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Cambridge University Science Magazine
The scientific celebrity is not a new phenomenon, but as ever more scientists are spending time telling the public about their work, questions about what popular scientific reporting should offer have become increasingly prescient. How strictly should scientific comment be regulated? Where is the correctly balance between providing information and offering entertainment? And perhaps most importantly, what does good scientific reporting look like? In order to find answers to these questions the BlueSci committee decided to launch the [POPULAR science] series of talks.

Our previous speakers have come from a broad range of areas within science communication, and talked about a wide variety of subjects. Our first speaker Tim Radford, former science editor for the Guardian, described his experience of the shift toward online journalism and the resulting accelerated pace of reporting. Gareth Mitchell provided us with an insight into the challenges of radio broadcasting, while presenter and BlueSci alumnus Greg Foot shared with us his journey up the rungs of the television broadcasting ladder.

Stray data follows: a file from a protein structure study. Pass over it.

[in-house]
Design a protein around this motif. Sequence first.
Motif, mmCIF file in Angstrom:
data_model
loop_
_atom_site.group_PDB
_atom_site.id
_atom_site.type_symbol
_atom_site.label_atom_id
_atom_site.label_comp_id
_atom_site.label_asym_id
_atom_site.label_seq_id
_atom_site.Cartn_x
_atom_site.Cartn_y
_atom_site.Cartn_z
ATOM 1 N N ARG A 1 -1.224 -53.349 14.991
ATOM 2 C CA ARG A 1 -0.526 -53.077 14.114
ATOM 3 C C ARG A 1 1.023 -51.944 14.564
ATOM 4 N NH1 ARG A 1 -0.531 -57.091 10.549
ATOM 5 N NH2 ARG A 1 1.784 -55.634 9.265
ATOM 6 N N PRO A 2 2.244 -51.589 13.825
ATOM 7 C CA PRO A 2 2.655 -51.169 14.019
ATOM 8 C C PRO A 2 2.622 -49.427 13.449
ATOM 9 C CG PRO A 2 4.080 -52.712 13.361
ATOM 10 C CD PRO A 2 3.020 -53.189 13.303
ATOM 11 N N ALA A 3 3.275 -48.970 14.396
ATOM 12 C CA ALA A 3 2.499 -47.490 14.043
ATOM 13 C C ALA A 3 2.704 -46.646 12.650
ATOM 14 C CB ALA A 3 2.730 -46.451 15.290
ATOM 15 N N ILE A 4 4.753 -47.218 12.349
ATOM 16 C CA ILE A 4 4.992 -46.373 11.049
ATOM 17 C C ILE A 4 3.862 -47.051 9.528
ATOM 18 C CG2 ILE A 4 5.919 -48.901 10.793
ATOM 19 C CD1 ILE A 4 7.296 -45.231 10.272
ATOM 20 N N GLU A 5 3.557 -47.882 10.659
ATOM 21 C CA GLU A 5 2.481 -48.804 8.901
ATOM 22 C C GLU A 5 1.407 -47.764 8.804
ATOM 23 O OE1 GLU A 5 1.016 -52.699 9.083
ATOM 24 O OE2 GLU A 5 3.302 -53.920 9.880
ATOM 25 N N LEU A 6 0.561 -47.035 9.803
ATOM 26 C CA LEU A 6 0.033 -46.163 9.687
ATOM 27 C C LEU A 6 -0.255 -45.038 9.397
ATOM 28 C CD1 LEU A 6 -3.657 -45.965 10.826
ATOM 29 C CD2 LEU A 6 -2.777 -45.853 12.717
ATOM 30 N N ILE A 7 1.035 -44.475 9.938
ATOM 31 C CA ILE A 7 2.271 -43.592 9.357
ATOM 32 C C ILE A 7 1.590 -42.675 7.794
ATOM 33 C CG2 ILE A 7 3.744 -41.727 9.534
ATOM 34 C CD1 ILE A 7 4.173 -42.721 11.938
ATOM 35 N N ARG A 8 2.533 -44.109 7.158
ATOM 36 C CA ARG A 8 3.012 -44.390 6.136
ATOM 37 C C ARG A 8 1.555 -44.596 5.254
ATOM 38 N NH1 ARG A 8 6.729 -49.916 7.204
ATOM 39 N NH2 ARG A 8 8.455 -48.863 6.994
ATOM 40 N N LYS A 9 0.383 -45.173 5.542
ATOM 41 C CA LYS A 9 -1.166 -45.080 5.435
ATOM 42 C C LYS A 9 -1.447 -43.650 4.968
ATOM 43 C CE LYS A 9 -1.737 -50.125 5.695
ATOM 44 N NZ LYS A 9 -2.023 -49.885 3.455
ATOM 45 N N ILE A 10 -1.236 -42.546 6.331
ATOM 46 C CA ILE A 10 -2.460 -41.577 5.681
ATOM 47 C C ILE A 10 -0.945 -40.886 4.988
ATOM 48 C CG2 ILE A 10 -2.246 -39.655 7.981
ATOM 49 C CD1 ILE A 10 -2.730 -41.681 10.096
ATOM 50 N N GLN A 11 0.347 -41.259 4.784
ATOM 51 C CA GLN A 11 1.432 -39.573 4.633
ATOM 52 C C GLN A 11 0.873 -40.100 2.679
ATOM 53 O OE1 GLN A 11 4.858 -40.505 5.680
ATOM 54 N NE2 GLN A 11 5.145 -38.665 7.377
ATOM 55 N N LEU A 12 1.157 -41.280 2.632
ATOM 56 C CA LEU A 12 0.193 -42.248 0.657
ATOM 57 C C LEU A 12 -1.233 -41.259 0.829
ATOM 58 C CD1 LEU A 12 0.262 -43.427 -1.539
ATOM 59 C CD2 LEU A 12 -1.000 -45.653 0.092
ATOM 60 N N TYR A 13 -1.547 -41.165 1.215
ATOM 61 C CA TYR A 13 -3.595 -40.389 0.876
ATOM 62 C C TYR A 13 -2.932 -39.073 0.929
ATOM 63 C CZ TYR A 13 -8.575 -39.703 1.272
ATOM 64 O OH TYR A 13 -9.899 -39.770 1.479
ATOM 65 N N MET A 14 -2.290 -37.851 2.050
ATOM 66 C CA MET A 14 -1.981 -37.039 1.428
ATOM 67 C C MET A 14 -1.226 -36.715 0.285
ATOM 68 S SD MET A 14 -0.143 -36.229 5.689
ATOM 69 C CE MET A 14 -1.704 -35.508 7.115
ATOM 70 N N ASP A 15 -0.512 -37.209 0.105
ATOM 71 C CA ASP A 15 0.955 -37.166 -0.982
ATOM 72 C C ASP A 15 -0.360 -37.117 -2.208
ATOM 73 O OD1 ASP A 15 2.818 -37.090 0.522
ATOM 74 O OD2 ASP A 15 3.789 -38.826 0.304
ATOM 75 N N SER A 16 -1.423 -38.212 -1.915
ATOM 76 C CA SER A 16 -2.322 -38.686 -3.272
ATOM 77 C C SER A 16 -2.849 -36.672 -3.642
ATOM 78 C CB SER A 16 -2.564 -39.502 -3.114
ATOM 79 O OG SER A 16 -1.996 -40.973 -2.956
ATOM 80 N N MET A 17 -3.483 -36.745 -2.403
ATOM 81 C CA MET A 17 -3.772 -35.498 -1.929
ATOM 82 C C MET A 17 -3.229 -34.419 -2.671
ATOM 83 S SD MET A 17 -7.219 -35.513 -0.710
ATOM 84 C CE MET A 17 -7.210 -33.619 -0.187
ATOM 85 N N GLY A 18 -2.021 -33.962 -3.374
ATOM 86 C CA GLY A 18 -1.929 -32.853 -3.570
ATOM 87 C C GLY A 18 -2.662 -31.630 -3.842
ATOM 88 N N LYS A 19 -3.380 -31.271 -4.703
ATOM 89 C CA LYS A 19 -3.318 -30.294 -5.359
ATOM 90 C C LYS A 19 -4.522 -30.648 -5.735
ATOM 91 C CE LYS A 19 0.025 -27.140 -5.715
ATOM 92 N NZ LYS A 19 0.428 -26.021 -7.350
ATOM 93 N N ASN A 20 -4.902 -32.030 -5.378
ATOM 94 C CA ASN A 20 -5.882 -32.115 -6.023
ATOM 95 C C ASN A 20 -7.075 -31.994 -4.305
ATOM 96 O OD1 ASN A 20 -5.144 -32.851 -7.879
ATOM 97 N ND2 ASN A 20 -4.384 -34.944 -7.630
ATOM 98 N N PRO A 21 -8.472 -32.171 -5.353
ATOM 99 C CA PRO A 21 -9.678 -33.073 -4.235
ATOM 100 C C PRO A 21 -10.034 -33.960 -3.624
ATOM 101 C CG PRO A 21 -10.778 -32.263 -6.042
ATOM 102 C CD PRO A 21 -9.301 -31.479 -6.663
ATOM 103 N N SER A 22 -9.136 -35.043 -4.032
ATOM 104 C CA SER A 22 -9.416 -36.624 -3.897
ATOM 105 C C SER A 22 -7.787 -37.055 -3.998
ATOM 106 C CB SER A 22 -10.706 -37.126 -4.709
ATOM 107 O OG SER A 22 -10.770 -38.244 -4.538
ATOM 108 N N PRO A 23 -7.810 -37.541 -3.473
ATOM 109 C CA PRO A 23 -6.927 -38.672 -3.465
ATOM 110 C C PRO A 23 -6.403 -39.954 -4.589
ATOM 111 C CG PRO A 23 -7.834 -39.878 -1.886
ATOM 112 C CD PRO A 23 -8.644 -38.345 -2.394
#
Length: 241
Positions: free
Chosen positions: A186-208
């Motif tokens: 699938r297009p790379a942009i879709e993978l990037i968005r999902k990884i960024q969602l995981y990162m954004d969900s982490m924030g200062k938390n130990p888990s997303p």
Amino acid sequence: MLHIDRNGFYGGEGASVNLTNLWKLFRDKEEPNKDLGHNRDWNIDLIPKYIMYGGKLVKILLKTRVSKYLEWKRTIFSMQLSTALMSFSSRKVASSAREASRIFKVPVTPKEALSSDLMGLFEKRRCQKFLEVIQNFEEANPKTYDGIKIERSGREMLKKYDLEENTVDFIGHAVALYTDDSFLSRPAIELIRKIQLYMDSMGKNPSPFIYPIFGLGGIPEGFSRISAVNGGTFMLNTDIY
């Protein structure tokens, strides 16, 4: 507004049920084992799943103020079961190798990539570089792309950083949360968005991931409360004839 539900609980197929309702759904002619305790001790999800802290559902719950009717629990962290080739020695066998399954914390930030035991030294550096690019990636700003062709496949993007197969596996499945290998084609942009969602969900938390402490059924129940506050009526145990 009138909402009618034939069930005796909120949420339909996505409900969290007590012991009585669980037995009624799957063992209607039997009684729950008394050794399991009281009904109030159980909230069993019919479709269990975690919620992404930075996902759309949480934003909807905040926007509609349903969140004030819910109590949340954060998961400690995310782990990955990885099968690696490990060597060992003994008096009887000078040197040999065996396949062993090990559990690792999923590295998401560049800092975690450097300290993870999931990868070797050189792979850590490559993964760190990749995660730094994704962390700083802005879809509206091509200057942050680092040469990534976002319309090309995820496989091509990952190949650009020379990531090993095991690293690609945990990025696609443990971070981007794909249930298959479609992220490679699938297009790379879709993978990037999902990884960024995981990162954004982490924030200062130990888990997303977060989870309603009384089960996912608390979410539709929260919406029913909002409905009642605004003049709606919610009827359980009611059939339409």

As well as providing advice on how to communicate science the talks are also a forum to debate problems with science journalism. Often there seems to be a trade off in the media between delivering scientific reporting that is representative of the scientific consensus and capturing the imagination of the general public, something that was discussed by BBC journalist Vivienne Parry in her talk last year.

One thing all of our speakers agreed on was that the most important thing to think about when communicating science is what makes a good story. You need to capture the readers attention with a strong headline and then retain their interest by thinking carefully about the most interesting way to present the relevant scientific facts and findings.

Helen Gaffney was BlueSci’s Events and Publicity officer from 2010-2011.  The current officer is Jordan Ramsey. She can be contacted at

BlueSci organises the [POPULAR Science] series of talks which explore the importance of direct communication between the academic community and the general public in modern society. Talks are open to everyone. Information about upcoming talks can be found on the BlueSci website ( You can also keep up to date with the latest BlueSci events on Twitter (@BlueSci) or on our Facebook page.